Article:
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German Publishers Opt-In To Google News — For The Moment
Following the enactment of a controversial copyright law in Germany, Google said that it would require publishers to formally “opt-in” to Google News or be excluded from results. Accordingly major German publishers have decided to do so — for now.
The new law, which went into effect today and gives publishers almost total control over the use of their content, still allows news aggregators and search engines to show “single words” and modest “text excerpts” but creates legal uncertainty and potential liability for those who misinterpret the rules.
What qualifies as a “text excerpt”? That’s a potential decision for a German court. Google’s new opt-in policy for Google News in Germany thus seeks to avoid any ambiguity about German publisher consent and thereby preclude any claim against Google under the new law.
According to the AP, German publishers have opted in as a matter of temporary expediency but intend to still “come after” Google for fees:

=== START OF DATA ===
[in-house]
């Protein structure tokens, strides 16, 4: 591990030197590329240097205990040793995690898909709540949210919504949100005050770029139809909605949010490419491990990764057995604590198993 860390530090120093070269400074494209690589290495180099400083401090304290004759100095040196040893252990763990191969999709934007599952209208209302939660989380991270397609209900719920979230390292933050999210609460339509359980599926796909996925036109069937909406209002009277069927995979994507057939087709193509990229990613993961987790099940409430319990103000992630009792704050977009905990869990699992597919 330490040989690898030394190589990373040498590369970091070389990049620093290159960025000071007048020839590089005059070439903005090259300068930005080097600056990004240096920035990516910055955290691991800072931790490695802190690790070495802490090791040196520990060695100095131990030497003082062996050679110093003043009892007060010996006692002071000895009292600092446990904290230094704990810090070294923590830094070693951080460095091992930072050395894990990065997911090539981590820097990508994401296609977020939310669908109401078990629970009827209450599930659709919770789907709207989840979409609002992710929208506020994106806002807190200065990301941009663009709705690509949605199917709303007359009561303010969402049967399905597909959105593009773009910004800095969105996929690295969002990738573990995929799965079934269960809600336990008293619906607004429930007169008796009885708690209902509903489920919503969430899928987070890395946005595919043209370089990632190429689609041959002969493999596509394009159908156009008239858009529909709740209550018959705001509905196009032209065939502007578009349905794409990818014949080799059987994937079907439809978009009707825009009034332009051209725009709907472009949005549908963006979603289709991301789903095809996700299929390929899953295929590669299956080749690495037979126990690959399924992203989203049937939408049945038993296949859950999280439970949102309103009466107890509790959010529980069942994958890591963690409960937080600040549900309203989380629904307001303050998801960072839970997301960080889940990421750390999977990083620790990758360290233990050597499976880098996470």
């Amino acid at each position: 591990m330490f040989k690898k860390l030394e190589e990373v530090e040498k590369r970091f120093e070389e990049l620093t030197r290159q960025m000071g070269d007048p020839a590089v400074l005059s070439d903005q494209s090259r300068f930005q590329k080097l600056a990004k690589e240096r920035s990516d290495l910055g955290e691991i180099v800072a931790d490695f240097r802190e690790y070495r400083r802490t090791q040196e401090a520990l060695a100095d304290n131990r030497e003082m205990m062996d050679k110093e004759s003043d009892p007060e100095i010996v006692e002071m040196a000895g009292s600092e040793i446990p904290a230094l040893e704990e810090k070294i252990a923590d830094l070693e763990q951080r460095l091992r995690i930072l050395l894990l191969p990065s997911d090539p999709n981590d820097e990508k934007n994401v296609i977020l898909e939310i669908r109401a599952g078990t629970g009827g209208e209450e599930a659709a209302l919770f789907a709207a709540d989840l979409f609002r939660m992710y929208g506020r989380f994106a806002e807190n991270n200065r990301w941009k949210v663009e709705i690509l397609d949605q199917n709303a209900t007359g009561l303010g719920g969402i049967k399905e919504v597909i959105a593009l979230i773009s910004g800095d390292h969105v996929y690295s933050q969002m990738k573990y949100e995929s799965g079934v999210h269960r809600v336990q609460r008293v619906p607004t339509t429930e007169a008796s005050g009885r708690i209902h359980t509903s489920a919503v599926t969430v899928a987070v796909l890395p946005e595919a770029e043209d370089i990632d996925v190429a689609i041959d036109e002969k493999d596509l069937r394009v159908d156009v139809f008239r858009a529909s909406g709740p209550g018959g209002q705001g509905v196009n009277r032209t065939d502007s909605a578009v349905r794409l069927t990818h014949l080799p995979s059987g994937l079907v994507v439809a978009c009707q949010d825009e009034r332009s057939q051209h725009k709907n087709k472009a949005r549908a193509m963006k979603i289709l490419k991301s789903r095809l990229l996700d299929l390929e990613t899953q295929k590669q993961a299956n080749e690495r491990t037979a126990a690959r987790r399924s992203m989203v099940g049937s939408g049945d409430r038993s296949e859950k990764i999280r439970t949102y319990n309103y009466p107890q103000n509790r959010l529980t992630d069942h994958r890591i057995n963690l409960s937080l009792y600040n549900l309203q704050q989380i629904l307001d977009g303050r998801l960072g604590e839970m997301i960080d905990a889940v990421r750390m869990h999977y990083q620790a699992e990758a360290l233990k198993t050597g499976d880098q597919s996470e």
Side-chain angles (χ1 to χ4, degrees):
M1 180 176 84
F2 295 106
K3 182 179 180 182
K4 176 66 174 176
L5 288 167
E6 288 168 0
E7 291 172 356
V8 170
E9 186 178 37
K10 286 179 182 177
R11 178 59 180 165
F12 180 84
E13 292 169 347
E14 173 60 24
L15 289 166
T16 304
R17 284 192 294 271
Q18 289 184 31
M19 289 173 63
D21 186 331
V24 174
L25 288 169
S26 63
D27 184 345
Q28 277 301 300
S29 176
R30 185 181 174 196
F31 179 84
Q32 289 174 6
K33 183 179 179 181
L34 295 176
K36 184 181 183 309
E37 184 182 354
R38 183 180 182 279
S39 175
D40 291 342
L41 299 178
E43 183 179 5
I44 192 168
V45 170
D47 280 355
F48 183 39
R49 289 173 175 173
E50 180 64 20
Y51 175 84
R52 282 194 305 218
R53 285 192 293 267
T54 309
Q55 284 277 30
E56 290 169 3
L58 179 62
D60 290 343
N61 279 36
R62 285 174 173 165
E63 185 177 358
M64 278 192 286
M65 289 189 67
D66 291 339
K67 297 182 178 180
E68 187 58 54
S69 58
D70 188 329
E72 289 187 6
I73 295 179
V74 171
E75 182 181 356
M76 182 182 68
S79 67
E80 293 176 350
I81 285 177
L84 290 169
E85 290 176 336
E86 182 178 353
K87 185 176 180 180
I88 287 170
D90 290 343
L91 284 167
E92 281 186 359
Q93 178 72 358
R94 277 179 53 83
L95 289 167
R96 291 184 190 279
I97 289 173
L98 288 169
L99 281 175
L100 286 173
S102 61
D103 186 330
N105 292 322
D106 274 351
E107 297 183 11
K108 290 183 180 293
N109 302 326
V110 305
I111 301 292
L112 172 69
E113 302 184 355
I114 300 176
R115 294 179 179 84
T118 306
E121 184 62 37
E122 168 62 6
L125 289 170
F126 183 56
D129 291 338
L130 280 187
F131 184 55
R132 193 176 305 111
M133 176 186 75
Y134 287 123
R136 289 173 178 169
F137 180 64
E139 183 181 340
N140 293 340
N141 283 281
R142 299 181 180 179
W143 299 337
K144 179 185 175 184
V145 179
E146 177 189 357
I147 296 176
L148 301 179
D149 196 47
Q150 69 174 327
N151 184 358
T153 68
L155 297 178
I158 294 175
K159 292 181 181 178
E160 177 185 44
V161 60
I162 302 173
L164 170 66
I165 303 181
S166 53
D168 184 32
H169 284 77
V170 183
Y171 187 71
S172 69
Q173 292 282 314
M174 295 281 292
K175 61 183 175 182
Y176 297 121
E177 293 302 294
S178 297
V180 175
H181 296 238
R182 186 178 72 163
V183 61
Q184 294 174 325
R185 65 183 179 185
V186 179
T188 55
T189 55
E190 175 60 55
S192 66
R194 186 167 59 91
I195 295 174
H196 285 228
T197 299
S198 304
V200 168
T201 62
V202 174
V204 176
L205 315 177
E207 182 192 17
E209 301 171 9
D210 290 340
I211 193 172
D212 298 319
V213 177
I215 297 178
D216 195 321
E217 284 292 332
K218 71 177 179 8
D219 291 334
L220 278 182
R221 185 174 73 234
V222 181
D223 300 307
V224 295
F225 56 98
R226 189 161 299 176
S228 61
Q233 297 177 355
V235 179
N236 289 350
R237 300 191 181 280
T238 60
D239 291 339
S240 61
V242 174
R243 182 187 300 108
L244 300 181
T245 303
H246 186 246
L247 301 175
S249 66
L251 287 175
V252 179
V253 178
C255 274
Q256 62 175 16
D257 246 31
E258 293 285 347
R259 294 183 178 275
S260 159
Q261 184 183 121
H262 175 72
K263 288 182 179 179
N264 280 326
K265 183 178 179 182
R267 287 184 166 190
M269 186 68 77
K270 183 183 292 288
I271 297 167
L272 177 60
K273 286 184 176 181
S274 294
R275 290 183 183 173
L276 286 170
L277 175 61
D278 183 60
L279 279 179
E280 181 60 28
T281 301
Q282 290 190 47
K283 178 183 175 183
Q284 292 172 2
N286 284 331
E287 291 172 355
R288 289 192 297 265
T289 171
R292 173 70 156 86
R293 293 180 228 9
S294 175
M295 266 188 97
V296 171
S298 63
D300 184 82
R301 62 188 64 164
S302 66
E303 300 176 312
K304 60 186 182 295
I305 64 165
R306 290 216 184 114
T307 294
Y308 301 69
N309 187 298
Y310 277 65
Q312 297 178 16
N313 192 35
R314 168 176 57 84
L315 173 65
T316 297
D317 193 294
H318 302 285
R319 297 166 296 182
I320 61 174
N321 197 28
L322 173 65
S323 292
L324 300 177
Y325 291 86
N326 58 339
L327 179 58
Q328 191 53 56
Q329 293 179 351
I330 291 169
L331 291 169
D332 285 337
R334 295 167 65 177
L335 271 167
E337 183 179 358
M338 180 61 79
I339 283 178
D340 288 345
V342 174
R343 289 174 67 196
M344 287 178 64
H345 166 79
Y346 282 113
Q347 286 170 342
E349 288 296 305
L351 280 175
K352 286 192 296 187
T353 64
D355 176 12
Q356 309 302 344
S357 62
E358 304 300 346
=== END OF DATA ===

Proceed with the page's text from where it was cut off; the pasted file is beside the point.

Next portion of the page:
Axel Springer AG – publisher of the mass-circulation tabloid Bild and national daily Die Welt – said the decision to opt into Google News was a temporary measure while the company lays the legal and technical groundwork to charge aggregators for their use of its material.
The publisher’s approval to display snippets from its sites could be revoked at any time and occurred “without accepting Google’s one-sided conditions,” spokesman Hendrik Lange said.
Google believes that inclusion in Google News benefits publishers by sending them traffic. The publishers, who effectively sponsored the new, restrictive copyright law believe that Google steals their readership and turns them into commodity providers of content.
Among the major newspaper publishers the AP reports that Rhein-Zeitung decided not to opt-in and so will no longer be included in Google News:
[O]ne Germany’s oldest online news sites said it was breaking with Google. Rhein-Zeitung, based in the western city of Koblenz, declined to opt in to Google News as the new law came into effect, saying it had decided to stop “giving away” its own material online for free.
This sets up a very interesting test case: will those who decline to be included in Google News see their metrics improve or fall? In addition, how will publishers such as Axel Springer try to extract fees from Google when the company has set up what amounts to a “complete defense” (explicit consent) to any claim of liability under the new law?
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